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tv   William Jennings Bryan House  CSPAN  June 14, 2015 3:51pm-4:01pm EDT

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aditional powers, emerging powers can manage to have no conflict with this post-cold war . of a remarkable lack of violence by historic standards community that can continue. that is my one ray of hope. mr. cortright: let's thank the panel. [applause] these historical and oral debates are still very alive and active. let's take a 10 minute break. we'll have a reception later. a short 10 minute break, and we will have our keynote presentation. >> you're watching american history tv. all weekend, every weekend on c-span3. to join the conversation, like us on facebook at c-span history.
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>> this year c-span is touring cities across the country, exploring american history. a recent visit to lincoln nebraska. you are watching american history tv, all weekend, every weekend on c-span3. >> i can conceive of a destiny were the responsibility of the days are measured not others. these of tomorrow. a golden republic, resting securely upon the mountains of internal hope. a republic that has a self-evident proposition that all men are created equal, that they are endowed with inalienable rights, that governments are instituted by men secure these rights, and that government derives just powers from the consent of the government.
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>> mr. hester: william jennings bryan is probably most famous for the fact that he was nominated by a major party three times, the democratic party, but he lost the election all three times. he moved to lincoln in 1880 7. he was a lawyer in central illinois. he had a law practice in central and illinois and he went into kansas to collect some debts. he stopped in lincoln to visit an old friend from a law school in chicago. and he saw where lincoln and the state of nebraska, which was just booming, he saw a weak democratic party, so he sought some opportunities there.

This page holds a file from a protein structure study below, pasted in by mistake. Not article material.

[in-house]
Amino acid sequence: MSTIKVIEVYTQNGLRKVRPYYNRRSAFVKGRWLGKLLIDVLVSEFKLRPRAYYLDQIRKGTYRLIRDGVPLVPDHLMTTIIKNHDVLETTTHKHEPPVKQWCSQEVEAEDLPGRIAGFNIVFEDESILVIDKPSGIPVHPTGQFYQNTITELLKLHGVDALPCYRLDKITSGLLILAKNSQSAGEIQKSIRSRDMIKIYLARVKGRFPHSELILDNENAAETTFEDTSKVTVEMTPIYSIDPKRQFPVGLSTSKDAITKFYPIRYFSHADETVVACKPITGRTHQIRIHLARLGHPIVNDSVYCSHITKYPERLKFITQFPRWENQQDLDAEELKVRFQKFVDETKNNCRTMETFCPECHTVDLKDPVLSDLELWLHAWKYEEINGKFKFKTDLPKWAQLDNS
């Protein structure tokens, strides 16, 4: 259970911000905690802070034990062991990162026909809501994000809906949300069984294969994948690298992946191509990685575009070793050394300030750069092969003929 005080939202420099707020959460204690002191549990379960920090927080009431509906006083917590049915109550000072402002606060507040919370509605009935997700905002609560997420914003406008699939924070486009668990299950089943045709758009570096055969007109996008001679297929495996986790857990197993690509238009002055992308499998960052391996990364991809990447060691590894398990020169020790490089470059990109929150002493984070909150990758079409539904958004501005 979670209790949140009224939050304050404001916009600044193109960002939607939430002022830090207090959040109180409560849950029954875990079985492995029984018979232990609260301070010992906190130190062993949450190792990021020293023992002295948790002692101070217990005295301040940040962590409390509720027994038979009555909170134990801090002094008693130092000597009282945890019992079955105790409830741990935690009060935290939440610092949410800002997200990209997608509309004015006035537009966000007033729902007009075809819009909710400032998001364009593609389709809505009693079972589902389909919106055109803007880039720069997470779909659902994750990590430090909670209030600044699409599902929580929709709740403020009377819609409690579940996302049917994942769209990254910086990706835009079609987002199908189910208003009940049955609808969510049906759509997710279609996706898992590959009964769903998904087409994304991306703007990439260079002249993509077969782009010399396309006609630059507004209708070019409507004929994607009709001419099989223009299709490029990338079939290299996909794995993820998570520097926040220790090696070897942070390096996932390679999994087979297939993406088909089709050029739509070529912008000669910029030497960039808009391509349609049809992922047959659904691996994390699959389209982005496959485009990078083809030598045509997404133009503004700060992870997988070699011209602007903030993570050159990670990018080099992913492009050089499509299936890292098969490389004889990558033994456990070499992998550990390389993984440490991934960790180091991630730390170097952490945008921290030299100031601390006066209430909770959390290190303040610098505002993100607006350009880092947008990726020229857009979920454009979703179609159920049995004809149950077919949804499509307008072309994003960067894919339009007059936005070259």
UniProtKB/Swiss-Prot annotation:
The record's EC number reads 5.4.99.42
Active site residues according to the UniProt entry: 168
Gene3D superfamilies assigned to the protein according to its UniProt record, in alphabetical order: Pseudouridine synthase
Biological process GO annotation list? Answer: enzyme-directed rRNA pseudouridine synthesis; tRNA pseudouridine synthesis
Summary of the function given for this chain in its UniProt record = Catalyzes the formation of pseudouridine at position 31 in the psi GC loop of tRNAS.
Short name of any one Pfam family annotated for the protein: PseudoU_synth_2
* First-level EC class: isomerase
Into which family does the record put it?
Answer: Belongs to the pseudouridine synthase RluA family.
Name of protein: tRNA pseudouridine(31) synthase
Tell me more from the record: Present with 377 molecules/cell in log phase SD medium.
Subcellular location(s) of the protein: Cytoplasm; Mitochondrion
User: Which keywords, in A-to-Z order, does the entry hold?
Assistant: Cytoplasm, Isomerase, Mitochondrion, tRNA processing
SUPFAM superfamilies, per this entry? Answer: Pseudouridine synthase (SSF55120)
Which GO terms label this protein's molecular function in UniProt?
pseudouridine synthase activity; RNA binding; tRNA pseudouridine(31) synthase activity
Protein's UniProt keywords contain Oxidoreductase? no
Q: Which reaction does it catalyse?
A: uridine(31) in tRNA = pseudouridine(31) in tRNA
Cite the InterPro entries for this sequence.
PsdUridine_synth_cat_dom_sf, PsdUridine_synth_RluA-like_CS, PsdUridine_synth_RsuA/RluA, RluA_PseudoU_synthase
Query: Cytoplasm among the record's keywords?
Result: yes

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there started construction of this house in 1901 and he and mary would drive out into the country in a buggy and they fell in love with the hill that the house was built on. construction was started in 1901. it took two years to build it they moved in in 1902, and construction was finished in 1903. 11,000 square feet. mrs. bryant's budget was $10,000. she may have spent as much as $17,000. it's a beautiful house. the main area was used for political events, receptions etc. they would host a number of even world leaders would come here, but all kinds of political leaders. i guess the most prominent being that woodrow wilson came out here to get bryant's support for the 1912 convention.
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which he did get his support. there were a lot of people, national and international leaders that would stop by and see him. right now we are in the lower level, where really the main activity of the family took place. we are in the office area right now, and this is where bryant and mary had their office and did their work and she was a very active partner in his career. very accomplished lady. valedictorian of her college class. got her law degree from the university of nebraska. she studied german so she could read the european newspapers to see what they were saying about bryan. she was a very active participant in his political career. this desk is a replica of the desk that was in his study, and you can see the two chairs. bryan sat in one chair and mary